Tuesday, May 24, 2011

Agency Asking for Consumer Feedback on Mortgage Disclosure Overhaul

A newly formed consumer watchdog has begun a process designed to make it easier for Americans to comparison shop for mortgages. Last week, the Consumer Financial Protection Bureau, formed by the Dodd-Frank Act financial reform law, initiated a project it's calling “Know Before You Owe.” The project involves redesigning the mandatory disclosure forms that lenders send out to potential borrowers when they apply for a loan, and the agency is asking for feedback from consumers as part of the process.

The bureau unveiled two prototypes of a new form that will eventually replace the currently used Good Faith Estimate and Truth in Lending disclosure forms with an easier-to-understand format. The bureau will undergo several rounds of testing and revision on the forms, before one is selected and proposed, possibly as early as September. The agency has asked the public for suggestions on how to make it easier for everyday consumers to understand the costs associated with a mortgage. The ultimate goal of the project is to make it easier for Americans to compare the terms of multiple loans in what for many is the biggest financial commitment of their lives.

Obviously, mortgages differ on the interest rates associated, which vary by lender, but there are several other factors that affect the cost of a mortgage that are not as easy to compare. Some loans carry adjustable rates and there are underwriting fees and closing costs that vary from lender to lender. Insiders say that many of the problems that fueled the mortgage crisis could have been prevented were the disclosure process simpler.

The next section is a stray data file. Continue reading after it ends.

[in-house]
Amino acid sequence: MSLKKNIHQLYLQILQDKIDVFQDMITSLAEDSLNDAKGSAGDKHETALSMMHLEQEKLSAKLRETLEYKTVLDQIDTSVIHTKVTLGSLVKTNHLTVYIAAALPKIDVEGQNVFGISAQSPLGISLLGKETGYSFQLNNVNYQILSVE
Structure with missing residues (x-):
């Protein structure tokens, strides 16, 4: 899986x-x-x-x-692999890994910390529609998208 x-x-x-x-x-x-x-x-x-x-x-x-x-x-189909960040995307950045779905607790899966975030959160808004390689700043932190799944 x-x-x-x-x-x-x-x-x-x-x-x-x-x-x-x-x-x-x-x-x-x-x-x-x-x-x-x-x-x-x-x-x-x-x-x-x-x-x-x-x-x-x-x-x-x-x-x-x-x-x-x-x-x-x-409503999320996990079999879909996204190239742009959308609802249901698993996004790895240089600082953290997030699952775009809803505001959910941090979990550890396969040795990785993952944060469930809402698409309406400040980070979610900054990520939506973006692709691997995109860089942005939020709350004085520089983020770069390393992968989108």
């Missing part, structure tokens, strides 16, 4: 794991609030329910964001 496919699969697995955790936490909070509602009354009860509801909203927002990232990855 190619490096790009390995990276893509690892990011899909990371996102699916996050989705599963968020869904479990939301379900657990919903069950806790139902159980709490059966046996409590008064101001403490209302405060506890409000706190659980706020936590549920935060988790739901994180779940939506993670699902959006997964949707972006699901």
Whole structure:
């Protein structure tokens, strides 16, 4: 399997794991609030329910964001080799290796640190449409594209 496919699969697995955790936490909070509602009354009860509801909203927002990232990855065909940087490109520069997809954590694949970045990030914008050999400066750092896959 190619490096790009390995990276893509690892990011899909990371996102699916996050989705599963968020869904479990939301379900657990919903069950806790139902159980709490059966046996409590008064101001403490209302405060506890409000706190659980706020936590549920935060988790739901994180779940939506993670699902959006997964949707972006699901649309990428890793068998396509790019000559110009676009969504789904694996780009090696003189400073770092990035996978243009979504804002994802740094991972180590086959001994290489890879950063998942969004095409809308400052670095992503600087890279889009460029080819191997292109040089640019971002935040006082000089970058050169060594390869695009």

Under the current system, lenders are required to provide loan applicants the Good Faith Estimate and Truth in Lending forms within three days of receiving their application for a home loan. The 3-page Good Faith Estimate, which essentially breaks down closing costs associated with a mortgage, underwent an overhaul last year, as part of a regulation that also required closing costs to remain within 10 percent of provided estimates.

Previous attempts at simplifying the two forms have failed, and they still contain over-lapping information and are quite confusing to consumers, especially first-time buyers. One key piece of information that is still curiously absent from both forms is the amount of money borrowers will have to come up with at closing, a pretty significant figure in the eyes of homebuyers.

The new proposed forms each contain an itemized list of costs on the first page, including closing costs, monthly payments, and projections of monthly payments for future years. Both also contain a second page that provides a detailed explanation of loan terms, making it easier for potential buyers to compare loan offers from multiple lenders.

CFPB will evaluate and revise the forms several times before September, when it is expected to choose one of the two to propose for future mortgage disclosure use. The agency may also look at simplifying other forms used later in the process, and all the new forms should be in use by July 2012. To offer suggestions or feedback on the proposed forms, consumers are asked to go to: consumerfinance.gov

Marin Real Estate

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